I Bled For This Column

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I cannot wait to lather up my naked, hairy body in an inflatable pool full of testosterone gel. I have felt testosterone deficient since I was five, when, surrounded by female friends, I spent my days compiling my sticker collection, listening to the Annie sound track, baking in my Easy-Bake Oven and arranging my glass-animal collection. Peggy Fleming had a more masculine childhood than I did.

But I needed to know precisely how unmanly I am, so I went to my doctor to get my T count checked. Unfortunately, my doctor could not administer the test via saliva; he would need a blood sample. That made me consider canceling my appointment, which in and of itself delivered the result I needed. But I made the appointment anyway. In 48 hours I would know how much man was in me.

For a long time, I've overcompensated for my lack of manliness through sportswriting, porn watching and stock buying, but deep down I know I'm a little shy on T. I cannot yell at other drivers, raise my voice, pick up women in a bar or grow a full beard. All whiskey, no matter how expensive, just tastes like burning. Yet deep inside I long to sleep around, to kick some ass, to release my first rap album. As I saw it, I had little choice but to score some of that testosterone gel when it comes out this summer. I could keep it in my jacket pocket for emergency situations, next to my lip balm and antibacterial hand gel. I'm thinking about marketing this as a first-aid kit for wusses.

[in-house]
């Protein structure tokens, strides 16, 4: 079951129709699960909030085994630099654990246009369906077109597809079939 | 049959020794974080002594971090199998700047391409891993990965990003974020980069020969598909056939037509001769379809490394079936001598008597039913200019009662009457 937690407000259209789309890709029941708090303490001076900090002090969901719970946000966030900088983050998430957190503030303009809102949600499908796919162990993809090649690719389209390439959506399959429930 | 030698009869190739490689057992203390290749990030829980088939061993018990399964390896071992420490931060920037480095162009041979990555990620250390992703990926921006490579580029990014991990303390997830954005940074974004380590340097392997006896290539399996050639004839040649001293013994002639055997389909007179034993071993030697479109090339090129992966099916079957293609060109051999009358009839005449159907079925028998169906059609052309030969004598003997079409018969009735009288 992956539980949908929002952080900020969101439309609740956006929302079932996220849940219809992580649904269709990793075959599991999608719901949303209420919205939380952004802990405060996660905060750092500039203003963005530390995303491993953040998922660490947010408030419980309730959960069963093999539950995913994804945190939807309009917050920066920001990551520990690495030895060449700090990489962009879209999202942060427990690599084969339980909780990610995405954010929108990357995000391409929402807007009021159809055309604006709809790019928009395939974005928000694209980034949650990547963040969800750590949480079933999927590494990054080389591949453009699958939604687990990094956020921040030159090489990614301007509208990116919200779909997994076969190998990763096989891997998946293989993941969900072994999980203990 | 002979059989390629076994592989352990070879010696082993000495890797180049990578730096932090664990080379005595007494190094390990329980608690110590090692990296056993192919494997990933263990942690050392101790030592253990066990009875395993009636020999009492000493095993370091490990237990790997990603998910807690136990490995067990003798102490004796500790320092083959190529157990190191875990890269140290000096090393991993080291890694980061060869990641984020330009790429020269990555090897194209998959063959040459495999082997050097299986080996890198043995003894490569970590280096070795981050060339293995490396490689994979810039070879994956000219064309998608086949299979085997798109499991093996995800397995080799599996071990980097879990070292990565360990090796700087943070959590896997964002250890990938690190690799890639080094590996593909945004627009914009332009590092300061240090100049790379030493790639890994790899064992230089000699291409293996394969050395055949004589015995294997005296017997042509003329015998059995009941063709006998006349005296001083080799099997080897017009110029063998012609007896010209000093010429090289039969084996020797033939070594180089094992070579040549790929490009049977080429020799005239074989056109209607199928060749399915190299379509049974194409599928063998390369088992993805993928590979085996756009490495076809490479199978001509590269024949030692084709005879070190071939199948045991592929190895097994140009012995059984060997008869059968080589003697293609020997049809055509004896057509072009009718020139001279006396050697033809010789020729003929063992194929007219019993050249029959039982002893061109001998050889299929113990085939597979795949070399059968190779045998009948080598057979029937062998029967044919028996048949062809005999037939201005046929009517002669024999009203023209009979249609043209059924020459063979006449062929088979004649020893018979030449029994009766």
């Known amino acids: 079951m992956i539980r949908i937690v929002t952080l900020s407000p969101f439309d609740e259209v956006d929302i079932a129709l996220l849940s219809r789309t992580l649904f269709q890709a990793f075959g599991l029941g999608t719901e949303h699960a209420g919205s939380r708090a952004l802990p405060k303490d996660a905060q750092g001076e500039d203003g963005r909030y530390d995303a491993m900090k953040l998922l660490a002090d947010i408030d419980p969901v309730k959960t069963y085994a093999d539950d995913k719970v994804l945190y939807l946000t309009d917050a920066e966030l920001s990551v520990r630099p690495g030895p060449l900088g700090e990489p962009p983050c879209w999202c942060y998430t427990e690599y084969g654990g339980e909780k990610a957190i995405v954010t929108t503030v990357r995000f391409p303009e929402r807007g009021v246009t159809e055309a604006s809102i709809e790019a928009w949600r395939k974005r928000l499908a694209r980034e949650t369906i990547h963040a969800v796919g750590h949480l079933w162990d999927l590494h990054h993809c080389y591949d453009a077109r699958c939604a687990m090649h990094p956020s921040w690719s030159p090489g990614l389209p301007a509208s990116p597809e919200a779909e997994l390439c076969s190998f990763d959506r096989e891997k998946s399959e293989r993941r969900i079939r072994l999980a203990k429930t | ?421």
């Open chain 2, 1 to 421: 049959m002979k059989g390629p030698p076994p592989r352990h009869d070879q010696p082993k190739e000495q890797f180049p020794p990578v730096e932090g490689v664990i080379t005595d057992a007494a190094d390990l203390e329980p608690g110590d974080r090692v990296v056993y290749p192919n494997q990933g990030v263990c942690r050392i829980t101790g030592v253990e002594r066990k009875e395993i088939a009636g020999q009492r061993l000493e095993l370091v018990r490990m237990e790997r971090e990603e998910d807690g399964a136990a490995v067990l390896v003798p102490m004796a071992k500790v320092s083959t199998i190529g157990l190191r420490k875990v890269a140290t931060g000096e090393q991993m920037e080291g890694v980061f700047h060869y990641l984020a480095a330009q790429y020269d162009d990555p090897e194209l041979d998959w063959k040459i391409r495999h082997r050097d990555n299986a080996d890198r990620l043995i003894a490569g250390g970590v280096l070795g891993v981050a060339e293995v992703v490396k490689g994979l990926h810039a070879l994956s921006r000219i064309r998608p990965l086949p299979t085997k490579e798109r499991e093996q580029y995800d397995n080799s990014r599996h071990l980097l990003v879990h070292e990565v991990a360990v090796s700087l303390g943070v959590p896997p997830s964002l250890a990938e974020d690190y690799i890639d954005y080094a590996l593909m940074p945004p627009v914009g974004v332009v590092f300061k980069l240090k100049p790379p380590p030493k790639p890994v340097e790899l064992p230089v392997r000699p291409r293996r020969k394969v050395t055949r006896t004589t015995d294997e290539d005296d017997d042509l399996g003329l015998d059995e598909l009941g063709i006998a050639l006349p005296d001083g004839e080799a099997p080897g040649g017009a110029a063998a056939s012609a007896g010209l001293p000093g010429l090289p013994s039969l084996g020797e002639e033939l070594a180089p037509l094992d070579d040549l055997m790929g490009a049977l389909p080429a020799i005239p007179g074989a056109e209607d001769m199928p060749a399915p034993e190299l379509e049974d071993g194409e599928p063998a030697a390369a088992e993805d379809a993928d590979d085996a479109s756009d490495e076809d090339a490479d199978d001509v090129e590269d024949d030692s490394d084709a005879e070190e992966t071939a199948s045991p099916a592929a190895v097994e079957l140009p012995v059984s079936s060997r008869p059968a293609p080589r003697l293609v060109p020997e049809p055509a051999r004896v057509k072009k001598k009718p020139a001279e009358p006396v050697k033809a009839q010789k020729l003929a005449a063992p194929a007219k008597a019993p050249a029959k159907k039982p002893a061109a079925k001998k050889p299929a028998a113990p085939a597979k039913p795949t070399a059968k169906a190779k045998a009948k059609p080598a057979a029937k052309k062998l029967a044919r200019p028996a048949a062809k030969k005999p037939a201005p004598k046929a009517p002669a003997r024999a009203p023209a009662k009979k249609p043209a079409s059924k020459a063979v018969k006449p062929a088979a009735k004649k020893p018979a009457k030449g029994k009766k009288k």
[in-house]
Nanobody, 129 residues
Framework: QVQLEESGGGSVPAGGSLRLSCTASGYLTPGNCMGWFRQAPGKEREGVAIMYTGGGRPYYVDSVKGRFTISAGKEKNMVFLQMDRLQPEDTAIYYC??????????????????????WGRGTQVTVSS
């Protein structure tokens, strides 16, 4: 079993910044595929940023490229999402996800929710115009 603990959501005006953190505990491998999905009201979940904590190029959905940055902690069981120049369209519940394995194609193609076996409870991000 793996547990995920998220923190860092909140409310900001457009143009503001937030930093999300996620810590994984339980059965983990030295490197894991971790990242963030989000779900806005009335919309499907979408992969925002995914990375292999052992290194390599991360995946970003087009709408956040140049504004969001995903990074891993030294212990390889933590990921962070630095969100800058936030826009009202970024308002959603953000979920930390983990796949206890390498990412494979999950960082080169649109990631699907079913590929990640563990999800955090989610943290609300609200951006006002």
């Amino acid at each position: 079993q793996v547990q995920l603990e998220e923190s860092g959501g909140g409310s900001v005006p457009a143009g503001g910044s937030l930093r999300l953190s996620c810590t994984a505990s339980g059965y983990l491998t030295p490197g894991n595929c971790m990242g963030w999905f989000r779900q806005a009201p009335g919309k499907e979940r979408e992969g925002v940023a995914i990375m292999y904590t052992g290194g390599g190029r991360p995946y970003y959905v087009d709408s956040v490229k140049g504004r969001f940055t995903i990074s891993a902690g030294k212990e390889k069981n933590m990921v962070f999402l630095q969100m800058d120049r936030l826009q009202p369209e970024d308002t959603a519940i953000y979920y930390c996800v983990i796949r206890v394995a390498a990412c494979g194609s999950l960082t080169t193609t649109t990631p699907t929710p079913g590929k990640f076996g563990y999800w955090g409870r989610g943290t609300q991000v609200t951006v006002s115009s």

Waiting for my results, feeling especially insecure, I called my masculinity mentor, Adam Carolla, the host of Comedy Central's The Man Show. "I'm guessing you're a little light," Carolla said. He suggested that I sign up for the AndroGel now. "A little extra aggression, a couple of extra inches on the biceps, a little body hair could help you," he said. When I mentioned my concern about taking unprescribed medication, Carolla suggested that I just eat a lot of beef jerky. "I believe there is a lot of testosterone in jerky. That would be the most logical food to put it in, anyway." I suggested I might enjoy it more as a pasta with a light tomato-basil sauce, which I could market as "testosteroni." Carolla said he had to go.

Still anxious about my results, I called a former girlfriend, figuring she'd make me feel better. "I bet it's freakishly low," she said. "You're afraid of dogs; you once owned an Easy-Bake Oven; and you've never been much for fighting." Now I remembered there were good reasons our relationship didn't work out (one of them being that I told her about the Easy-Bake Oven).

After two neurosis-filled days, my doctor called and told me my testosterone level was totally normal. When I pressed him for a number, he said it was within the normal range of 260 to 1,000. When I really pressed him for a number, he told me it was 302. When I started to freak out about being in the bottom 10%, he again reassured me that it was completely normal. Yeah, normal in that I don't have breasts.

One of my female friends tried to comfort me, saying that women may have hot, wild flings with high-testosterone men, but they settle down with hormonally balanced guys. This did not make me feel better. You'd have to have a T count of 20 for this to make you feel any better. All I could think about was that now I have one less excuse for having an affair. Unless, of course, I'm all hopped up on man gel.